“These are very large projects that really stand out.”
How large? Well, here's another startling statistic — on average, Chinese aid projects are about ten times more expensive than Australian projects.
And an ambitious Chinese plan to construct, for example, a mammoth government office building in Tonga, or a sprawling new court complex in Samoa, will always generate more attention than dozens of small scale health and education initiatives rolled out by Australia.
'A nice piece of leverage China can hold over the Pacific'
Does that mean China is only a paper tiger in the Pacific? Not really.
China might not spend vast sums in the Pacific, but it's still been a disruptive force.
Lowy estimates that 70 per cent of Chinese aid money comes in as cheap loans which are used to fund the big projects Beijing favours.
The Australian Government worries these countries will get caught in “debt traps” which will be exploited by China as it scours the region, looking for new assets which could be converted to military bases.
Pryke said he doesn't believe any Pacific leaders have got in over their heads but he said there are still risks.
“This lending helps solidify ties with China because these countries do have to pay back a lot of these loans, so it's a nice piece of economic leverage China can hold over the Pacific.”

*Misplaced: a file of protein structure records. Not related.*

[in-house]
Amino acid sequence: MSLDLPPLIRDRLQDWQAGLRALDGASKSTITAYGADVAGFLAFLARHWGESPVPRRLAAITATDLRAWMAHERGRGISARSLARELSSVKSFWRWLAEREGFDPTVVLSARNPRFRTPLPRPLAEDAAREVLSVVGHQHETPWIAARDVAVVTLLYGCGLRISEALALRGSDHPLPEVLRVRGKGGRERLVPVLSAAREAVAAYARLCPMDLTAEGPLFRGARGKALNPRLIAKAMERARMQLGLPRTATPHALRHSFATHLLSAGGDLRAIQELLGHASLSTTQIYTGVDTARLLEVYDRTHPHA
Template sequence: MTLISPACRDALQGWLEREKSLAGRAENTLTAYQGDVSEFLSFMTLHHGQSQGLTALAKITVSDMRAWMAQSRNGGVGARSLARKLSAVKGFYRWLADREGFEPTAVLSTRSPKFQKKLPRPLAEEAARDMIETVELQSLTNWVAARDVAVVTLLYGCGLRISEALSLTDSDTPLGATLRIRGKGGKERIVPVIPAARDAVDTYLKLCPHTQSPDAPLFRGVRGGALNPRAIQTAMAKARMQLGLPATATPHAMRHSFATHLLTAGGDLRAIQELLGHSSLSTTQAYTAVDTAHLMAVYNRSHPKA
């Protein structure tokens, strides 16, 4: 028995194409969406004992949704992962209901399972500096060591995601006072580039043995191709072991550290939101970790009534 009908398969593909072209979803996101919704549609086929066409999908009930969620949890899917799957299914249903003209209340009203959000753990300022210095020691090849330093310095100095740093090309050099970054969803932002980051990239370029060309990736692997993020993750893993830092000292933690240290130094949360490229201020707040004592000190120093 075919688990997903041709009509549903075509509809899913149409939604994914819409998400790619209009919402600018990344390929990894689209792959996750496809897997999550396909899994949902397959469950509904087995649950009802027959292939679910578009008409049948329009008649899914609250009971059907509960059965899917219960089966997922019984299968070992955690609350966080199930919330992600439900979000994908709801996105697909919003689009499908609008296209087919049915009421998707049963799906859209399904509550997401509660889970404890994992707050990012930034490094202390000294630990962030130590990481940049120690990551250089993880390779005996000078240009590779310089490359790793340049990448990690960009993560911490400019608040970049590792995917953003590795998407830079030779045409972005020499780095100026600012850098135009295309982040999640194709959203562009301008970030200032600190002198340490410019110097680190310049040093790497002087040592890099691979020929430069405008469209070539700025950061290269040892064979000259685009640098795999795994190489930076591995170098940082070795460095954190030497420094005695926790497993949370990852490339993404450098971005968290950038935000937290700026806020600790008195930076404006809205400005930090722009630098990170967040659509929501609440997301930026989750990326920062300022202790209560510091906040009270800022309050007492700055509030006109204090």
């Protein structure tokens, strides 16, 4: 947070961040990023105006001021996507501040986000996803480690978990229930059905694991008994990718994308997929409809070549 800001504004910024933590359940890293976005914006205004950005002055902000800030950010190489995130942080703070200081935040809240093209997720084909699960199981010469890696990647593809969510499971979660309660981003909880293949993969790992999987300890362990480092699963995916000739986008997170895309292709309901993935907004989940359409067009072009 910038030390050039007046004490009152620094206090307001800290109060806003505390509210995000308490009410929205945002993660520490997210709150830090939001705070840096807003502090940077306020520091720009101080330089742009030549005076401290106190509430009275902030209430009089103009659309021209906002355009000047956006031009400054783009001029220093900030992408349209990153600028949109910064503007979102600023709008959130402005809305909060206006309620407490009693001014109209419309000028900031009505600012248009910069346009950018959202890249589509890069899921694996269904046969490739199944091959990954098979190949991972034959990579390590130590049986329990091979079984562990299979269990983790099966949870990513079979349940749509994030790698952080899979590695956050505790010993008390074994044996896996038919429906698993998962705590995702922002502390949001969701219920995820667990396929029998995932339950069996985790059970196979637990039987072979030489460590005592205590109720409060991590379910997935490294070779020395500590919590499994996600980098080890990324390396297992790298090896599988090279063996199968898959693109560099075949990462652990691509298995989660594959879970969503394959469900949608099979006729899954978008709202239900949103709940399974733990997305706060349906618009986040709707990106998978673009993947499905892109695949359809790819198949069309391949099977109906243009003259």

And don't expect that China will always lag on the raw numbers.
In the last few years it has made some big ticket promises in the Pacific which could see it rocket up the charts.
For example it's pledged an eye watering US$3.5 billion dollars to build a new road network in Papua New Guinea.
That money hasn't yet started to flow, so it's not captured by the Lowy Map.
But if projects like this get off the ground then Beijing may quickly close the gap with Canberra.

Raining cash? Not really, as total aid to Pacific declines
You might think that with the competition for hearts and minds in the Pacific heating up, there would be a big increase in the amount of aid actually being sent there.
But you would be wrong.
Lowy has found that aid to the region is actually dwindling, not sky-rocketing.
In 2011, donor nations gave US$2.36 billion in foreign aid, and in 2016 total aid to the Pacific was US$1.9 billion.
Australia may be the most generous donor, but has become less generous over time — the total contribution fell from US$1.25 billion in 2011 to US$800 million in 2016.
And some other countries which used to make substantial investments have also cut back.
For example, Lowy estimates that in 2011 the United States gave the Pacific aid worth US$233 million. In 2016 that figure it was only US$66 million.
In 2011, the European Union gave US$105 million. In 2016 it gave US$74 million.
“They are all stepping back,” Pryke said.
And he points out that some of the countries which have been tightening their purse strings are the same nations urging Australia to muscle up to Beijing in the Pacific.
“If this is a new hotly contested geostrategic space, well, it's time for countries to start properly re-engaging and not just talking about it,” Pryke said.